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I read about method of analyzing audio signals where FFT result is bandpass-filtered and the energy of this band is counted. Can you count the momentary energy in frequency domain? Does this mean summing magnitude value from all frequency bins (after filtering)?

(I don't care whether this will yield the value similar to the one counted in time domain but just if this can be of some benefit - reflect the energy present within this band.)

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Parseval's theorem applied to the signal itself:

$$\sum_{n=0}^{N-1}|x[n]|^2 = \frac{1}{N}\sum_{k=0}^{N-1}|X[k]|^2$$

So, if you sum the magnitude squared of the frequency coefficients of the DFT, you get the energy of your time-domain vector.

If you want power (i.e. energy per sample), divide both sides by $N$.

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    $\begingroup$ How does this change for FFT lengths not equal to the original length of the signal? $\endgroup$ – Spacey Oct 10 '12 at 0:52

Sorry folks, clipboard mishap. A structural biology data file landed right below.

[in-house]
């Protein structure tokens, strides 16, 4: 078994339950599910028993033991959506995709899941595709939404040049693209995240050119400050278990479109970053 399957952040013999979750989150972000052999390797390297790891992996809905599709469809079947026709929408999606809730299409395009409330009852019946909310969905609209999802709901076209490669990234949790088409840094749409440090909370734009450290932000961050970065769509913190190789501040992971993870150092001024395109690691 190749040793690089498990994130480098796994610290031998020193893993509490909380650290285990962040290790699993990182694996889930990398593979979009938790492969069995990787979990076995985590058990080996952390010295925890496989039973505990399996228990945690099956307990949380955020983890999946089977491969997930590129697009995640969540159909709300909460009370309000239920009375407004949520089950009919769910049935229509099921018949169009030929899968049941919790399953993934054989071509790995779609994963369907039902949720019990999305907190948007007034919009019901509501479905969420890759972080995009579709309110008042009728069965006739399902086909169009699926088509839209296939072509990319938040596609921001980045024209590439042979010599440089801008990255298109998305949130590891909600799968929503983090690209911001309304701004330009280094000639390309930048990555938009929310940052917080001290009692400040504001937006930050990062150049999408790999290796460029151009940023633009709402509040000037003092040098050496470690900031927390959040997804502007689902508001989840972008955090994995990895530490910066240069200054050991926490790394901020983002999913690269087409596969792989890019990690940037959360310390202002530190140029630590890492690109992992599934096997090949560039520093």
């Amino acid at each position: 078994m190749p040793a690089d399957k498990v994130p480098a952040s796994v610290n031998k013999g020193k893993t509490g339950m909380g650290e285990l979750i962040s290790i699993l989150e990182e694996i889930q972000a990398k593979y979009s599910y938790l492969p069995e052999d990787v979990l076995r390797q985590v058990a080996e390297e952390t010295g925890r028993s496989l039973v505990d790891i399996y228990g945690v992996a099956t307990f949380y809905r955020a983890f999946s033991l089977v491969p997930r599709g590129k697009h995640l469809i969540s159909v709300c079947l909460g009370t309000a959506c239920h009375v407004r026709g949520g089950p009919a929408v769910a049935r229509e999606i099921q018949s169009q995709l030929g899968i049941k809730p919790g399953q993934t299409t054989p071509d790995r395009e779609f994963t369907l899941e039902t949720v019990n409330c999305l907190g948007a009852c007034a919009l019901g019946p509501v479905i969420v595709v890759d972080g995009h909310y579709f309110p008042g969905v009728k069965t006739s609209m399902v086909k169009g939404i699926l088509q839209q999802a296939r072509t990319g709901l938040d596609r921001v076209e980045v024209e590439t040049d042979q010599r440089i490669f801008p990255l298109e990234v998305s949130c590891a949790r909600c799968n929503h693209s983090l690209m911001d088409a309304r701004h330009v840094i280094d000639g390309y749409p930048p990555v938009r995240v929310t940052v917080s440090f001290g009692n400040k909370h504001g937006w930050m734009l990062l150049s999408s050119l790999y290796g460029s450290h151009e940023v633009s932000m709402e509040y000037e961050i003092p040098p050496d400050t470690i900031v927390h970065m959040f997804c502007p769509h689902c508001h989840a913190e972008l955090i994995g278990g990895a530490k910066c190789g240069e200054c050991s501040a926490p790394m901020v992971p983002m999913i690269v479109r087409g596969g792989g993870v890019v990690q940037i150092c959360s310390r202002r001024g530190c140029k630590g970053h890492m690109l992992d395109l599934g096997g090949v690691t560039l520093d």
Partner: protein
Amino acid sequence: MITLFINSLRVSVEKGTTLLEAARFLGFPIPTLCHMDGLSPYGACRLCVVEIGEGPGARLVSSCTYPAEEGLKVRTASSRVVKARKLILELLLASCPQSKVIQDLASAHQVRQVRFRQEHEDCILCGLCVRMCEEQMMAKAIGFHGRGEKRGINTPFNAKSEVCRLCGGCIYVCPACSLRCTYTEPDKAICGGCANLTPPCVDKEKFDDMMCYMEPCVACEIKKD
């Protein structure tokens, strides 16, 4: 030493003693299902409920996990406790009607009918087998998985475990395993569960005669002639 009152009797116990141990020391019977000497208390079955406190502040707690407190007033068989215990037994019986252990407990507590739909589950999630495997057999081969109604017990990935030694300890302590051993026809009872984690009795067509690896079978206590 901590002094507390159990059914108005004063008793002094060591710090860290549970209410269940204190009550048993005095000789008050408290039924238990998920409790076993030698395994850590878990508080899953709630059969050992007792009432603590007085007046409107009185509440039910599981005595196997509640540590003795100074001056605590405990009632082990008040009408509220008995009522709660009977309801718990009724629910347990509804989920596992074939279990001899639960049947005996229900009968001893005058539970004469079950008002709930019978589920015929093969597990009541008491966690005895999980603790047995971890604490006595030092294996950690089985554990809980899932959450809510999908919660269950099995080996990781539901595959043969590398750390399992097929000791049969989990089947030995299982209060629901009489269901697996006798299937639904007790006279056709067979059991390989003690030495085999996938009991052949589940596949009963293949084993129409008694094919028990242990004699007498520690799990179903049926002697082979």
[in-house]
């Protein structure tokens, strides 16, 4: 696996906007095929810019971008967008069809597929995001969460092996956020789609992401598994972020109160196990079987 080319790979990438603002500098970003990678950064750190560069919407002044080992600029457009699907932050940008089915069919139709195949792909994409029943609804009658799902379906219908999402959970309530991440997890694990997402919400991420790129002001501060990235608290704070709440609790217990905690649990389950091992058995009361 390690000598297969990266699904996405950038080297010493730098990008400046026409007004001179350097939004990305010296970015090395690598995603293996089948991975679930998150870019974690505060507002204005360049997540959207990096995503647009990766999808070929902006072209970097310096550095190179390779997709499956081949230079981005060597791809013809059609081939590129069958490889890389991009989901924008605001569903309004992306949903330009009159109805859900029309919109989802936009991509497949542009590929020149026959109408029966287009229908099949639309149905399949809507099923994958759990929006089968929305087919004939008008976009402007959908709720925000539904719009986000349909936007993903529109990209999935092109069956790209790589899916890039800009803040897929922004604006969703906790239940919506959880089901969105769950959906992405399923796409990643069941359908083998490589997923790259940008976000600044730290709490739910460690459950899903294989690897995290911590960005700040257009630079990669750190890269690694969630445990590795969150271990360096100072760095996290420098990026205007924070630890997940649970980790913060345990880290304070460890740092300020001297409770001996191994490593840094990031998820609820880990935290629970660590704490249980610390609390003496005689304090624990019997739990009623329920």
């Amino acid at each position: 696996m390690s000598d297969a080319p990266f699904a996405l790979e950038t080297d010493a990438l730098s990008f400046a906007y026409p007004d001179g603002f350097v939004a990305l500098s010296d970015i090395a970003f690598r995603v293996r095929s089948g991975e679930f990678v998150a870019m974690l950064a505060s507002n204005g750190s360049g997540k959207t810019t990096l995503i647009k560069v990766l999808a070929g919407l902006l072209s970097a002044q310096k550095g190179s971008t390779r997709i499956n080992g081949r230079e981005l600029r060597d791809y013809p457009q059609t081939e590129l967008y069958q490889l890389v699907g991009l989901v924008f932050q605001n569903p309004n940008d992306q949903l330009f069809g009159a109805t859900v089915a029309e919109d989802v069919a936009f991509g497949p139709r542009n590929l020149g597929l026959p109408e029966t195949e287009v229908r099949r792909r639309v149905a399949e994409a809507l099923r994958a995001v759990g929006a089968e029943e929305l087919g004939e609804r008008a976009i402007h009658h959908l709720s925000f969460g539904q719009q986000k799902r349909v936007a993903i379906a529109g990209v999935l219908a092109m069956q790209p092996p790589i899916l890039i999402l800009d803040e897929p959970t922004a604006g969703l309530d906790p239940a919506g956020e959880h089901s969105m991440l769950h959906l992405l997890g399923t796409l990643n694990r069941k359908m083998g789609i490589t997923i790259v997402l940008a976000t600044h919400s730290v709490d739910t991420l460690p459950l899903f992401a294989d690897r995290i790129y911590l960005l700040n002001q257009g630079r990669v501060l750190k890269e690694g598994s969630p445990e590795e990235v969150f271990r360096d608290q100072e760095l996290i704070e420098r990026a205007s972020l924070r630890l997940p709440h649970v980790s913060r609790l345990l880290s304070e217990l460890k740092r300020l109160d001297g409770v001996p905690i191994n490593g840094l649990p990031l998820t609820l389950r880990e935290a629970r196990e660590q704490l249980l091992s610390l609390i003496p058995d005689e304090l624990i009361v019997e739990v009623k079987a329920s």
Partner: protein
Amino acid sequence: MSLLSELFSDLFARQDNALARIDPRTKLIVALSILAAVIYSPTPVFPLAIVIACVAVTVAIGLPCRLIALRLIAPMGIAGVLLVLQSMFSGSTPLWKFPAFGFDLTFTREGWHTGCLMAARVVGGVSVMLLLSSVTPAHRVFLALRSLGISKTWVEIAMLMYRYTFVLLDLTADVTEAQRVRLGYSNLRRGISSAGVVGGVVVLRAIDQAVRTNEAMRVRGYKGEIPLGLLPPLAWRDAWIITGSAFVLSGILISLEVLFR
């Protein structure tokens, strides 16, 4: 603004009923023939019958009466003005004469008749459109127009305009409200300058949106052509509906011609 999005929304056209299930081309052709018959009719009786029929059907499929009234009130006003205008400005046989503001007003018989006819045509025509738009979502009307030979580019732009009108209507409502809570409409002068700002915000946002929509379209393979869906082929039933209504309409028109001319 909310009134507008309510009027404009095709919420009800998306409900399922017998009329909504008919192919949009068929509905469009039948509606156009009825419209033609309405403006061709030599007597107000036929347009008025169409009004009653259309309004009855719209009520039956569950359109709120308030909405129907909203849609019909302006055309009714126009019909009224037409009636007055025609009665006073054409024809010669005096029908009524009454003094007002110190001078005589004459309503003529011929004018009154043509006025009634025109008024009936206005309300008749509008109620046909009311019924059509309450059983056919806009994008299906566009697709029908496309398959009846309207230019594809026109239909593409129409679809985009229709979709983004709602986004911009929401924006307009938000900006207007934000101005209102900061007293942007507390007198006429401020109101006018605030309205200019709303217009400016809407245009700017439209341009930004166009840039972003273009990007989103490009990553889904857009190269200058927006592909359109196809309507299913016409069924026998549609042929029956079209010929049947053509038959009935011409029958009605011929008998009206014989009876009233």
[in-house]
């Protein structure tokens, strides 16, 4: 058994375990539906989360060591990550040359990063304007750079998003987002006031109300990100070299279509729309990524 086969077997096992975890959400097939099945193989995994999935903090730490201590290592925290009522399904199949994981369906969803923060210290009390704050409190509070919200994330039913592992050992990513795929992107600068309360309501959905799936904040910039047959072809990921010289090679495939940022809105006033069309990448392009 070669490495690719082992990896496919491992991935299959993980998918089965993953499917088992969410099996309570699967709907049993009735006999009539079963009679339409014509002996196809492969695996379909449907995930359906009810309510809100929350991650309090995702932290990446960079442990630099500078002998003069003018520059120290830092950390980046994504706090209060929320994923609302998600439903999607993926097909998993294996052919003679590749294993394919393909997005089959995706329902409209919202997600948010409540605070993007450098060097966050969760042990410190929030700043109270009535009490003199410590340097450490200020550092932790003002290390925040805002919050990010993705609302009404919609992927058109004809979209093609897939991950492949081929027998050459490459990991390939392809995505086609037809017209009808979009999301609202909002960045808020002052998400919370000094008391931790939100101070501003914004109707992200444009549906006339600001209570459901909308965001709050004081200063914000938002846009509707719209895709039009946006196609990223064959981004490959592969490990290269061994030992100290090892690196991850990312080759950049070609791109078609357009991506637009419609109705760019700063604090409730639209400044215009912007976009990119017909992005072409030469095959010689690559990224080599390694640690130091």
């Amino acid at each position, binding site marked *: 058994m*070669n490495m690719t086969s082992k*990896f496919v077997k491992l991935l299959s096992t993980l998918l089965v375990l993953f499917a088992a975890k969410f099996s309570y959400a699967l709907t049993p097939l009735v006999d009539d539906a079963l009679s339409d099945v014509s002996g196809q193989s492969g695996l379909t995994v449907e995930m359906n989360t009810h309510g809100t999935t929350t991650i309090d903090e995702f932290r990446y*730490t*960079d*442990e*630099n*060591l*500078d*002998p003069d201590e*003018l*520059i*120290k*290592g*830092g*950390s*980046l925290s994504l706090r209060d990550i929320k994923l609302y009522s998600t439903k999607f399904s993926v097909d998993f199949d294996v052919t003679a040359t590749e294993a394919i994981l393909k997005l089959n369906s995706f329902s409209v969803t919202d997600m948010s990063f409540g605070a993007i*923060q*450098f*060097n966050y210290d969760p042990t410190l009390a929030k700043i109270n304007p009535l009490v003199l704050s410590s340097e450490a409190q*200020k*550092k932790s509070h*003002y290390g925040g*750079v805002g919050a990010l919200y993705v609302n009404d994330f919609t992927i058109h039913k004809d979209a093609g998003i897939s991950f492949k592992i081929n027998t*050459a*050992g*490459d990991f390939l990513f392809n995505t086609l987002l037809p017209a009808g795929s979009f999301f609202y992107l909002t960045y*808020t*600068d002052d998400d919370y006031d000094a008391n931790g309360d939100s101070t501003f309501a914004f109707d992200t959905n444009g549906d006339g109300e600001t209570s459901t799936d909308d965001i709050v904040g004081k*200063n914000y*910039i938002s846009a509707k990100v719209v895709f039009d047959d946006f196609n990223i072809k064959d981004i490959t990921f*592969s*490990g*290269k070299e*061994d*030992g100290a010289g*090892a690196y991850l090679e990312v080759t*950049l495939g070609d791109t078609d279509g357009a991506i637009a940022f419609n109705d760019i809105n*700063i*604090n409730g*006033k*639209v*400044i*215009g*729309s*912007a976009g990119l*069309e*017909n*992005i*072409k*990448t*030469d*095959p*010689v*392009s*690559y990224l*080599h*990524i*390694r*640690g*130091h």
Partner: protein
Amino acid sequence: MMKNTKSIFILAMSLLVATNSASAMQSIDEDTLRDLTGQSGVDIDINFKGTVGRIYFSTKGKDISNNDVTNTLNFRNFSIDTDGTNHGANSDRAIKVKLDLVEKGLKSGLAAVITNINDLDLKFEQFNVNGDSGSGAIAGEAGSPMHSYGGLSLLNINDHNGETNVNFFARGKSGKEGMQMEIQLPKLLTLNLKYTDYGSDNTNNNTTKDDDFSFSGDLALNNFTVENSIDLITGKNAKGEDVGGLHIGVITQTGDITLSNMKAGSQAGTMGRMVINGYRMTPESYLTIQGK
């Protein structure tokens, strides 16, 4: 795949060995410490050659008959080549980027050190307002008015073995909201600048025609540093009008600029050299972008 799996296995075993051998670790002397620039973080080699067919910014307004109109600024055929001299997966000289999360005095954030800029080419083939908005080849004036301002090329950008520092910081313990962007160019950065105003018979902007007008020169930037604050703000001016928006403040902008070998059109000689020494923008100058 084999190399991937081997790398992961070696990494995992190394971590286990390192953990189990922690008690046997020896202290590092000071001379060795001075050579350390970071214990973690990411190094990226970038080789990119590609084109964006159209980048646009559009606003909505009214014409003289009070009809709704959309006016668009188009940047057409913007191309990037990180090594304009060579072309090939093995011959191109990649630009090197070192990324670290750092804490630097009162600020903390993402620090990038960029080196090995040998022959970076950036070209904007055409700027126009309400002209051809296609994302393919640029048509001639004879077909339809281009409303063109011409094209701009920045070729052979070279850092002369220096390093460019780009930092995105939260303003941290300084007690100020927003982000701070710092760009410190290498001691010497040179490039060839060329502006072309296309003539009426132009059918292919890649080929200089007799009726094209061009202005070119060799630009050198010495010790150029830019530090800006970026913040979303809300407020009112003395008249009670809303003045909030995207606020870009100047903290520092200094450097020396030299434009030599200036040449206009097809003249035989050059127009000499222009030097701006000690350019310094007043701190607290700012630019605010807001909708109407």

• $\begingroup$ It doesn't change. For the above statement of Parseval's theorem, the "signal" is by definition $x[n]$ and has length $N$ samples. Its transform $X[k]$ therefore also has $N$ samples. If you apply the relation to some subset (with length $N'$ from the larger length-$N$ signal, then you effectively have a new $x[n]$, and the relation holds over the new length $N'$. $\endgroup$ – Jason R Oct 10 '12 at 2:38
  • $\begingroup$ The index for the summation on the right hand side should be $k$ rather than $n$. This edit is too short for me to do silently, unfortunately. $\endgroup$ – Eric Oct 10 '12 at 4:39
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    $\begingroup$ @Eric: meta.stackexchange.com/q/82534/130885 $\endgroup$ – endolith Oct 10 '12 at 21:41
  • $\begingroup$ @JasonR Thanks, I didnt see your answer since my name wasnt tagged. Either way, yes, since a larger size FFT just means we have zero-padded the time-domain signal, it shouldnt/cant change. $\endgroup$ – Spacey Oct 11 '12 at 19:18

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